Credence

funny wisdom on words that begin with a C

Credence: (n) belief as to the truth of something

Actually it takes more than belief.

It requires evidence.

In attempting to convince human beings of the validity of an idea or the power of a concept, it is often necessary to come with at least two examples in which your assertion has proven itself effective.

This realization eliminates a lot of time talking nonsense or trying to establish superiority by displaying ethereal wisdom.

Just think of it—how much more credence would we have if we did not base our lifestyles on politics, money, selfish concerns, heaven, hell or wishing?

All of these may have their place, but they have nothing to do with the nuts and bolts of constructing a grand foundation for abundant life.

Religion has no credence whatsoever if it doesn’t produce a way for people to be happy and love one another.

Likewise, politics is devoid of credence if it talks about grand notions but never comes up with a simple plan on how to enact a necessary change.

Corporations which can only make commercials but not deliver on their promises forsake all credibility.

And sitting around talking about our hopes and dreams usually just makes us sleepy.

As a friend of yours living at this time on Earth, I wish you to know that I have no intention whatsoever of luring you with the lore of heaven—if I can’t give you an Earthly prototype.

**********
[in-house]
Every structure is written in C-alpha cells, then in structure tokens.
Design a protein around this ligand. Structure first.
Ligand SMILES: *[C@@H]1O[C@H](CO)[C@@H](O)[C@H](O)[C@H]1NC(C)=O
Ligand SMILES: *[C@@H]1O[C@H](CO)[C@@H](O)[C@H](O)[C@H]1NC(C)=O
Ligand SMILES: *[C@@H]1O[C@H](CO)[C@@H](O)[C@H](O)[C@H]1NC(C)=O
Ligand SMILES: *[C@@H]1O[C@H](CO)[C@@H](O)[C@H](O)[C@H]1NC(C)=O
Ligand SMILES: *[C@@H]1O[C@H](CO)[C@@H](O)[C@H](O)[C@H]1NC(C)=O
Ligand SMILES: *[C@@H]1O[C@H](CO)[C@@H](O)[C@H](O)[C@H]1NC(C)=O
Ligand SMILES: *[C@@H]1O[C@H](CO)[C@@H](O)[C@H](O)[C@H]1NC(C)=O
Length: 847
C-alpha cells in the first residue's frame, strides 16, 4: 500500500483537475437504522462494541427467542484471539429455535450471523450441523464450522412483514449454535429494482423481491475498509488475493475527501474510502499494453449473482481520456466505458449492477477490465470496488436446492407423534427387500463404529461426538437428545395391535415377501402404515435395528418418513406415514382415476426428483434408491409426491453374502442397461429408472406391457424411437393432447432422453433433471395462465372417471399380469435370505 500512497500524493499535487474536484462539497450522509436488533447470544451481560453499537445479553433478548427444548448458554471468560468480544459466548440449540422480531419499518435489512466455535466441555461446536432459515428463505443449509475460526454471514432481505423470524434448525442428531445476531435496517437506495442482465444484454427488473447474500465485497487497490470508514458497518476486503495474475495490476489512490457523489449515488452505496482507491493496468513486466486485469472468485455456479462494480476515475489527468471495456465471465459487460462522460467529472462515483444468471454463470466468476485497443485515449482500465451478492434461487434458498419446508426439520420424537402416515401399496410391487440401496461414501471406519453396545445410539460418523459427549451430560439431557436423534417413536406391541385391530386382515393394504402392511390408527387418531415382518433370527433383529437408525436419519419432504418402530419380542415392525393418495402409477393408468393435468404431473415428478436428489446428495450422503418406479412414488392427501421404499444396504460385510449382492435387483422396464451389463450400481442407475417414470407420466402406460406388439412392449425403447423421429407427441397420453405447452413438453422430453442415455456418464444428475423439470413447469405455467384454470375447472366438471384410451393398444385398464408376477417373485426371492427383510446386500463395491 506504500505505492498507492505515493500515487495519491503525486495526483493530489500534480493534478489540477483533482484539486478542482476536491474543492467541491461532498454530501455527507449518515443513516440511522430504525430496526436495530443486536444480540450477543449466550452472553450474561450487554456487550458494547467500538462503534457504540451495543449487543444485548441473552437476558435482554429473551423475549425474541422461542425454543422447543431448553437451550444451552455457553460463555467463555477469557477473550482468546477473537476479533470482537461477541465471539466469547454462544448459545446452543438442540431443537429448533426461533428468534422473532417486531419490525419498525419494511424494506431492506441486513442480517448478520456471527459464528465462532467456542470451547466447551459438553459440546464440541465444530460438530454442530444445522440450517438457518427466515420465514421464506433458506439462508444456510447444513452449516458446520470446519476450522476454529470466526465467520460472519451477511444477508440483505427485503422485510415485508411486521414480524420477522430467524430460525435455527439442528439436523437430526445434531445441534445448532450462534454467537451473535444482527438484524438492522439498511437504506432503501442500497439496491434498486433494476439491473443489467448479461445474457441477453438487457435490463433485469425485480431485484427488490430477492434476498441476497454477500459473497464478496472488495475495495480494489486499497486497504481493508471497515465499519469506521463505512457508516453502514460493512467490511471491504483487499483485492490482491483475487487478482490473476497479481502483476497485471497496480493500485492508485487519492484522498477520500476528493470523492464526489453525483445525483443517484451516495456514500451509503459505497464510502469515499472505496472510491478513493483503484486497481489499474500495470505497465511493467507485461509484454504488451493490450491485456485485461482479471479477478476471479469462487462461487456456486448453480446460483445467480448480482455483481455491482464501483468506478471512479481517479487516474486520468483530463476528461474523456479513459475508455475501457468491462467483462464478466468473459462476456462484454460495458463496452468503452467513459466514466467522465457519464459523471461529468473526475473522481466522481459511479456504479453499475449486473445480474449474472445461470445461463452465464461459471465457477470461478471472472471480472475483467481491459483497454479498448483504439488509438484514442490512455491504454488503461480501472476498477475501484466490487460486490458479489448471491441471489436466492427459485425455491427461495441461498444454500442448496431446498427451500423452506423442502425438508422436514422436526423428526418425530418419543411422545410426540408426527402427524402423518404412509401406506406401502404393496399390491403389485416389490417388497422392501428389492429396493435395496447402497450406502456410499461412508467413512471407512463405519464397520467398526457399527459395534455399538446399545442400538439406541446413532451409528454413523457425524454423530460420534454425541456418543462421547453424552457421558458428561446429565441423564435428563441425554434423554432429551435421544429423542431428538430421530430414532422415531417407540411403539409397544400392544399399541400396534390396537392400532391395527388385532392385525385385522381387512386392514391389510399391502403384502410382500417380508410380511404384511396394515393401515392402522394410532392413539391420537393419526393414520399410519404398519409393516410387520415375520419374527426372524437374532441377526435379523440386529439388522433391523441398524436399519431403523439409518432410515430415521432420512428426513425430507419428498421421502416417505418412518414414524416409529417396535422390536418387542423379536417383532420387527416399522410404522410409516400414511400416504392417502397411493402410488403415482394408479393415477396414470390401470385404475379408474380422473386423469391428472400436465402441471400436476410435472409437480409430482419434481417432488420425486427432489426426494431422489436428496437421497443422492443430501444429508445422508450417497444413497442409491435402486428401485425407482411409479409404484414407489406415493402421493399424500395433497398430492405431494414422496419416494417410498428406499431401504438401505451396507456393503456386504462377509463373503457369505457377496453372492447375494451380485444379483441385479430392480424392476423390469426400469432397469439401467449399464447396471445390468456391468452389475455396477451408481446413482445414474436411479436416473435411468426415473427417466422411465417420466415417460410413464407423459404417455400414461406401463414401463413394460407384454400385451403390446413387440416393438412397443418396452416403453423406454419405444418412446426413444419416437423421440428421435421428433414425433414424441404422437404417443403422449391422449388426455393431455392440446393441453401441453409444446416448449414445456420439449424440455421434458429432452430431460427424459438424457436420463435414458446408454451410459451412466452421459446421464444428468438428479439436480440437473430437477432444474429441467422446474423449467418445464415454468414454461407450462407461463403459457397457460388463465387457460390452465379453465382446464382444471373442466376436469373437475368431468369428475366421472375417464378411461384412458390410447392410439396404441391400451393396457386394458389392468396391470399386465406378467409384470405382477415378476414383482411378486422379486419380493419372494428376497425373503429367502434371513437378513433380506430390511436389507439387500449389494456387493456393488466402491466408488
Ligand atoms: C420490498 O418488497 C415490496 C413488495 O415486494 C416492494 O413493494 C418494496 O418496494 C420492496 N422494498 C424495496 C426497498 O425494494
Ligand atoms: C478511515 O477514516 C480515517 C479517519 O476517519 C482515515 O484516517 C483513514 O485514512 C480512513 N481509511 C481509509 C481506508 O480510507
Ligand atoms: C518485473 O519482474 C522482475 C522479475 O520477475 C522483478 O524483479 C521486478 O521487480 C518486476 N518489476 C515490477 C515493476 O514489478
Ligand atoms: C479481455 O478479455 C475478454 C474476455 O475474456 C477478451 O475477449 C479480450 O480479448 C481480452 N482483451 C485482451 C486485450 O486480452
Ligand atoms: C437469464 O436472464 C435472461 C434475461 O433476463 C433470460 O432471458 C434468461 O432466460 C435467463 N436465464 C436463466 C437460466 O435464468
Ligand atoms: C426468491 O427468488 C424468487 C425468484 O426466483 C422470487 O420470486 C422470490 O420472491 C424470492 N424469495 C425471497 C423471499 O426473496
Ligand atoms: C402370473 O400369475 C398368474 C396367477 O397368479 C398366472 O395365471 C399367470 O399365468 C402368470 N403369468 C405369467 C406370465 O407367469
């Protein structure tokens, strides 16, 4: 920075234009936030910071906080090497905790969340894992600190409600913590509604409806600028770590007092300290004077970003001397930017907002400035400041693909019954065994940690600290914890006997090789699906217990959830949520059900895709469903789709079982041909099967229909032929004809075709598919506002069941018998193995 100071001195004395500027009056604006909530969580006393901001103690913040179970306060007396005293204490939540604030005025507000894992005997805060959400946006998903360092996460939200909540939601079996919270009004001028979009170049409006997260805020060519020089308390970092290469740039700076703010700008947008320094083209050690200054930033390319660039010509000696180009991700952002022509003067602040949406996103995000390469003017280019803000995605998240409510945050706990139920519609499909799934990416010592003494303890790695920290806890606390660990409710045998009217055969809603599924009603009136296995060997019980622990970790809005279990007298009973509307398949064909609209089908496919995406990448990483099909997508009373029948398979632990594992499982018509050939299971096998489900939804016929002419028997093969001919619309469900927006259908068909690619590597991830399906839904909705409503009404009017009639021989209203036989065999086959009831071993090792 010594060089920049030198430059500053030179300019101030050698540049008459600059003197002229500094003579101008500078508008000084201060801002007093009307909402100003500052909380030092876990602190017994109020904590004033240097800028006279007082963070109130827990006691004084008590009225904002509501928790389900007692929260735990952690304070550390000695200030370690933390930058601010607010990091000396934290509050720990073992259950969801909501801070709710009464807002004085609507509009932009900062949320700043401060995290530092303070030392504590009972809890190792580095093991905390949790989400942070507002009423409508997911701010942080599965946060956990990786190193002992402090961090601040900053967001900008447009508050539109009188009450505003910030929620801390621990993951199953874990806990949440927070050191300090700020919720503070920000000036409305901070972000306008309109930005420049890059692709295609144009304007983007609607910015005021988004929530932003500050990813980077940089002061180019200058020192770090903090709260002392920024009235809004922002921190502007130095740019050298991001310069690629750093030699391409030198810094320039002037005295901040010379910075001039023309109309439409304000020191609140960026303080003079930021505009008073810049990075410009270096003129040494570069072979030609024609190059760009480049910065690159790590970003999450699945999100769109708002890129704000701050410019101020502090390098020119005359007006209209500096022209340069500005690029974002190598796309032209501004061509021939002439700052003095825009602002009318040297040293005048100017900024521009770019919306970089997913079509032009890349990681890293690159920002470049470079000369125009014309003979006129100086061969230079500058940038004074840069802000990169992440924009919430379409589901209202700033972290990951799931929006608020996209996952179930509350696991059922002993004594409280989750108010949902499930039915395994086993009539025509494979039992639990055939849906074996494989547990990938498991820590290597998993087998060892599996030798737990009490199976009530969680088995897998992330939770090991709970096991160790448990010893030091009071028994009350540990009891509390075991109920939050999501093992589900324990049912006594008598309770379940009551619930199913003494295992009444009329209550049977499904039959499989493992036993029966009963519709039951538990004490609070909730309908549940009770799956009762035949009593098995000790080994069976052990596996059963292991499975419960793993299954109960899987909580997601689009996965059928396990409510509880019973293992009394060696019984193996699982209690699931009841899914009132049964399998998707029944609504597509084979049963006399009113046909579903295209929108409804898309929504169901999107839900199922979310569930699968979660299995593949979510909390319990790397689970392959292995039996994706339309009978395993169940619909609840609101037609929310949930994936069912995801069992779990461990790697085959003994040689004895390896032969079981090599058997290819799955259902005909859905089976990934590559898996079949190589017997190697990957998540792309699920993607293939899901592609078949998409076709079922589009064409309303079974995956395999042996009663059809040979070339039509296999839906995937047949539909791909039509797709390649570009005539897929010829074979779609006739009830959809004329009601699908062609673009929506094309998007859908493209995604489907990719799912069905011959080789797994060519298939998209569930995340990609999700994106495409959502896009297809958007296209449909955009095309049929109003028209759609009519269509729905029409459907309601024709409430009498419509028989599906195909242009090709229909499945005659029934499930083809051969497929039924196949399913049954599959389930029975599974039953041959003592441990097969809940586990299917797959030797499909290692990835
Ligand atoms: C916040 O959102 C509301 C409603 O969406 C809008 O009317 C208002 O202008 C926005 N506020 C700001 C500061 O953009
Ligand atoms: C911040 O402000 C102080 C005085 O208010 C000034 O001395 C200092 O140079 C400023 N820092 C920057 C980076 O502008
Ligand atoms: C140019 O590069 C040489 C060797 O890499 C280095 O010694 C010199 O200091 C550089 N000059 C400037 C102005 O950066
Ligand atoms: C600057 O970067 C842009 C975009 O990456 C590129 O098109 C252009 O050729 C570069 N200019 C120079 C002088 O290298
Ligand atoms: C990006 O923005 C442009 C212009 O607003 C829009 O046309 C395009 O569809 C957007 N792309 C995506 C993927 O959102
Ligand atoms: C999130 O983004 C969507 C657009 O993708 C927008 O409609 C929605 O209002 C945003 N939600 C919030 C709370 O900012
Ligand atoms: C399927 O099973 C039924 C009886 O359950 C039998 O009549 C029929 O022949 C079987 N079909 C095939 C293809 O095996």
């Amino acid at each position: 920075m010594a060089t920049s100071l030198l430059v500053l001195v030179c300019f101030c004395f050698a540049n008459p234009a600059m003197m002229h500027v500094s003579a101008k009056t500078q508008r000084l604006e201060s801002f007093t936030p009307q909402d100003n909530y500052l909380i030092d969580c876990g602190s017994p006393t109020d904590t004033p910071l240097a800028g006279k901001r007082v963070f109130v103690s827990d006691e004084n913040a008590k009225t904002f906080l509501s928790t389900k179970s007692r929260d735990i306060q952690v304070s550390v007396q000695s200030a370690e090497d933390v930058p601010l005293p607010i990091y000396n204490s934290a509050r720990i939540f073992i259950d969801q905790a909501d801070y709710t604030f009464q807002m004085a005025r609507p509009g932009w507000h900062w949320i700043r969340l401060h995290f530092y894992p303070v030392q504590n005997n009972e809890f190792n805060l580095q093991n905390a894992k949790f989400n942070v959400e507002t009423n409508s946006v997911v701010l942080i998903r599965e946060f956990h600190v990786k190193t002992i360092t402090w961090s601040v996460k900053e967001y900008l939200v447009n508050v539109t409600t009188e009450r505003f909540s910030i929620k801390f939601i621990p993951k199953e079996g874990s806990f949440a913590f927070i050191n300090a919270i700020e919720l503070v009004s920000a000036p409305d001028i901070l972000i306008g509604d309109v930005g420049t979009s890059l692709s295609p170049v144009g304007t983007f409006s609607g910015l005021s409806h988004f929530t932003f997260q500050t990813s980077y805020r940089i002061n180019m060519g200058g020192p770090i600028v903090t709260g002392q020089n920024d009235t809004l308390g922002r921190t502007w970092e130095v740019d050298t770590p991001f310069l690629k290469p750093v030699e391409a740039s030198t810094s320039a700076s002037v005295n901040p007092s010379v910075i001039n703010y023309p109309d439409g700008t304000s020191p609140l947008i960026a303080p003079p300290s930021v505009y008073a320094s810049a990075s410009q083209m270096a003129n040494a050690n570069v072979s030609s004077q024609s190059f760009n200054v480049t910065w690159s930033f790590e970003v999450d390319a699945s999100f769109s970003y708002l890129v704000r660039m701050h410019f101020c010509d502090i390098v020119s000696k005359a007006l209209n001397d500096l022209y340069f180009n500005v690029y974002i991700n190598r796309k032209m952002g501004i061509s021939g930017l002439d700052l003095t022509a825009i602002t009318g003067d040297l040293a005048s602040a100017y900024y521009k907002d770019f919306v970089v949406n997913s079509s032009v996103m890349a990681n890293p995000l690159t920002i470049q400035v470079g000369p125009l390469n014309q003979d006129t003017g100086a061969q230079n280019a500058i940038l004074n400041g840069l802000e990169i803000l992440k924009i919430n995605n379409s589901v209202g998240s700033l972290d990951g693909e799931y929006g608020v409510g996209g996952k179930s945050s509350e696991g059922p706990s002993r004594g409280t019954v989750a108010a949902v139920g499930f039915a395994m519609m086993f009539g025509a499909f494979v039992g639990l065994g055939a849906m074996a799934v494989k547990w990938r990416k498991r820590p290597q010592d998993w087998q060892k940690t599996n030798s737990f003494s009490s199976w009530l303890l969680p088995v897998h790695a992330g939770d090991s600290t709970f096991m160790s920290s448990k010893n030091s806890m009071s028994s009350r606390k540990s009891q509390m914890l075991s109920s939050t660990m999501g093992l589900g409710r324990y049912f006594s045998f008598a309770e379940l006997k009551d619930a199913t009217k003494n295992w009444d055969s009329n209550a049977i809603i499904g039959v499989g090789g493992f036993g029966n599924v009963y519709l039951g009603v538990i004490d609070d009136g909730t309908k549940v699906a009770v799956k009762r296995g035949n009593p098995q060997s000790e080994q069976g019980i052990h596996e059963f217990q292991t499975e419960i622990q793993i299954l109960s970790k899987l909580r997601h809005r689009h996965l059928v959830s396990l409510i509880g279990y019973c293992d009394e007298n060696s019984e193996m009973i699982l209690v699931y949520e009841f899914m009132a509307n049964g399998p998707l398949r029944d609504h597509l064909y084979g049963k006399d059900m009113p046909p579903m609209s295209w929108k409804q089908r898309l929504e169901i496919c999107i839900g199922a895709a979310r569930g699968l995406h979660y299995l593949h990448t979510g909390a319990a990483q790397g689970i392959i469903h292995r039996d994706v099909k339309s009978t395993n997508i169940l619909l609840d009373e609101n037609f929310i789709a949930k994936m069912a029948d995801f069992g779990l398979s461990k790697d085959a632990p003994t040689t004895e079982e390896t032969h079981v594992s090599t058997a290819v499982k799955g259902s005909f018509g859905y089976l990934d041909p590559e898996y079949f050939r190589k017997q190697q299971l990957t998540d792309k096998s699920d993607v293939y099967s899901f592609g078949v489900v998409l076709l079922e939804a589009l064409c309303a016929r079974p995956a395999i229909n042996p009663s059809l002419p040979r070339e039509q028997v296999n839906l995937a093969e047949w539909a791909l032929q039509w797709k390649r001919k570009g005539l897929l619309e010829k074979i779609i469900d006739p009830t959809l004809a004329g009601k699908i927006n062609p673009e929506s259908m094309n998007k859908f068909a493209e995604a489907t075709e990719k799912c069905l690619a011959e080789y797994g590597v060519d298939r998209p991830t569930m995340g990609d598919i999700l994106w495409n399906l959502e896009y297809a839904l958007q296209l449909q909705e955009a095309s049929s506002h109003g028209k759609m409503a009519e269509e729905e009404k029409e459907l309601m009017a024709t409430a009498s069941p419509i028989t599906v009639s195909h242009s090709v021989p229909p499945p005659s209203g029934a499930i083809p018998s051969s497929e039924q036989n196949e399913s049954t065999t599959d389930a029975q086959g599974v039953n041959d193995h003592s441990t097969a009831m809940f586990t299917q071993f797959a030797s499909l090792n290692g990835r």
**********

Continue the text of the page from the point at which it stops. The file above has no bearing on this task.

Donate Button


Subscribe to Jonathan’s Weekly Podcast

Good News and Better News

 

Advertisements

Background

Background (n) the circumstances or situation prevailing at a particular time or underlying a particular event.

“What’s your background?”Dictionary B

A very popular question.

I learned many years ago to dodge all inquiries which attempt to squeeze me into a favorable box.

Once people discover the roots of my nationality, the place of my birth, my chosen occupation and even my favorite color, for some reason, these nosy neighbors determine that they know enough about me to converse with me–or even market a product–in my direction.

I believe this is why we’re so juiced up on the idea of cultures and customs. Because once we determine that somebody is from Jamaica, then we are most assuredly confident that they must love reggae music.

So how difficult is it to be a rock and roll advocate and live in Jamaica?

How absolutely frustrating must it be to live in Wisconsin and have never eaten cheese?

Can you actually dwell in Iowa or Nebraska without having a running dialogue on raising corn?

The thing that makes us most uninteresting is the thing that we seem to pursue with great fervor.

“Let me shrink who you are so that who you are will fit into what I need you to be.”

So even as I watch the phenomenon of the gay community gaining credence in our society, television insists that all gay people speak with a lisp, love theater, cry at the drop of a hat and are basically snarky.

So what are we really achieving when we claim to be accepting of people–but we’re really only accepting of people when they arrive in large, definable clumps?

I will not tell you my background.

What I will share is my present footing and what I dream to be my foreground.

Donate Button

Thank you for enjoying Words from Dic(tionary) —  J.R. Practix

*******************

NEW BOOK RELEASE BY JONATHAN RICHARD CRING

WITHIN

A meeting place for folks who know they’re human

 $3.99 plus $2.00 S&H

$3.99 plus $2.00 Shipping & Handling

$3.99 plus $2.00 Shipping & Handling

Buy Now Button